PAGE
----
What would go through your mind if you were suddenly told by your doctor that you had two months to live? Would you be prepared? What would you do? How would you choose to live the remaining time that you have?
This is news that was given to my father earlier this year. It’s difficult news – especially for your loved ones. Based on his parents’ longevity, he was planning on living for another thirty years. But after receiving such shocking news, my father decided to live his life just as he would have otherwise. Aside from when he was unable due to medical treatments and their side effects, he continued working, spending time with his loved ones and traveling when possible. He didn’t want to be treated differently by others, and he didn’t let his diagnosis get him down.
Was he in denial about his condition? Not at all. He knew what was likely ahead in his near future. And thankfully, because of that, the one change he did make was he immediately started planning. Although he’d had estate documents in place and periodically updated for years, the week after his diagnosis he had his estate plan reviewed and updated. He made sure everything was in line so the transition would be as easy as it could be for my mother, his executor and trustees. He also spent countless hours making sure that he had a flawless succession plan in line at work.
Through this difficult time, it became very clear to me how essential estate planning is. As a financial advisor, I have taken classes on risk management and estate planning, so I have known for a long time that it is important. But this made it much more real.
Many individuals put off estate planning because we don’t like thinking about our mortality. We would rather continue life as usual without having to deal with the hassle of tasks like creating estate documents or choosing guardians for minor children. Don’t make that mistake. None of us are promised tomorrow, so it was best to have a plan in place ahead of time to make the transition as easy as possible for his employees and his clients.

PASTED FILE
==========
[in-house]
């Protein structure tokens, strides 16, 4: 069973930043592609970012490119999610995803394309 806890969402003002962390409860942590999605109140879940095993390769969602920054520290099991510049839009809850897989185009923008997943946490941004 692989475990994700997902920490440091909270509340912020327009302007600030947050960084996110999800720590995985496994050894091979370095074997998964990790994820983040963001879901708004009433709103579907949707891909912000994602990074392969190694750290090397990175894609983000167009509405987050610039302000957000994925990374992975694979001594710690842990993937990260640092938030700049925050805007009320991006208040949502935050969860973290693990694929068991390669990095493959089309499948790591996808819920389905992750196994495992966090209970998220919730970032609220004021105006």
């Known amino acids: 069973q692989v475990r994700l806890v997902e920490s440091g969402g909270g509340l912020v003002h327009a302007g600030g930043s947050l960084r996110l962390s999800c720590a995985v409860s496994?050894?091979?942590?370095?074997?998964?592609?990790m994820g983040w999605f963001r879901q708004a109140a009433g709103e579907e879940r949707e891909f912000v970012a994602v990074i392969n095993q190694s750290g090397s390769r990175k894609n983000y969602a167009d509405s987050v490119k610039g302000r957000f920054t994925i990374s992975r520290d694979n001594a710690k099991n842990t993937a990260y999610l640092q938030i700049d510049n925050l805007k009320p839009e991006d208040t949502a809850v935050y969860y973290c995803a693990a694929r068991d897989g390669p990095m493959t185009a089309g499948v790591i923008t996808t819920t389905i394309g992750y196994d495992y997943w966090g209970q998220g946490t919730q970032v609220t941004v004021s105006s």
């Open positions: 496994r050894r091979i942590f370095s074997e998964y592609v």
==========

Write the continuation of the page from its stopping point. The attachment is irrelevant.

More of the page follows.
Benefits of Estate Planning
- Making the transition much easier on your dependents and loved ones
- Giving you control over your assets after death
- Assigning guardians and allocating assets for minor children
- Directing the distribution of your assets instead of having the state decide
- Assigning those who will control your assets after death
- Helping reduce estate taxes and probate costs
Estate Documents You Should Have in Place
- Last will and testament (also known as simply your “will”) – Allows you to direct the distribution of your assets at death instead of having state laws determine that for you
- Living will / Advanced medical directive – Expresses your last wishes regarding sustainment of life under certain circumstances
- Springing power of attorney – Allows an individual do act on your behalf in the event that you are unable to do so on your own
- Healthcare power of attorney – Establishes an individual to make health care decisions for you
Other Important Estate Updates
Another aspect of your estate that you should check on and update periodically are the beneficiaries listed on assets that pass outside of your will, like retirement accounts (IRAs, 401(k)s, pensions, etc.) and life insurance policies. When checking beneficiaries, make sure that you cover any beneficiaries’ potential name changes due to marriage or divorce and keep their addresses current. And you should consider whether you need to have a succession plan in place at your place of work.
If you do not already have one, establish an estate plan as soon as possible. If you already have an estate plan, review it annually to make sure that no changes are needed. And if changes are needed, do not wait to make the updates. In the event of an emergency, you and your loved ones will be so grateful that you did.
Having an estate plan in place is essential, whether you are young or old, married or single, wealthy or poor, healthy or unhealthy.
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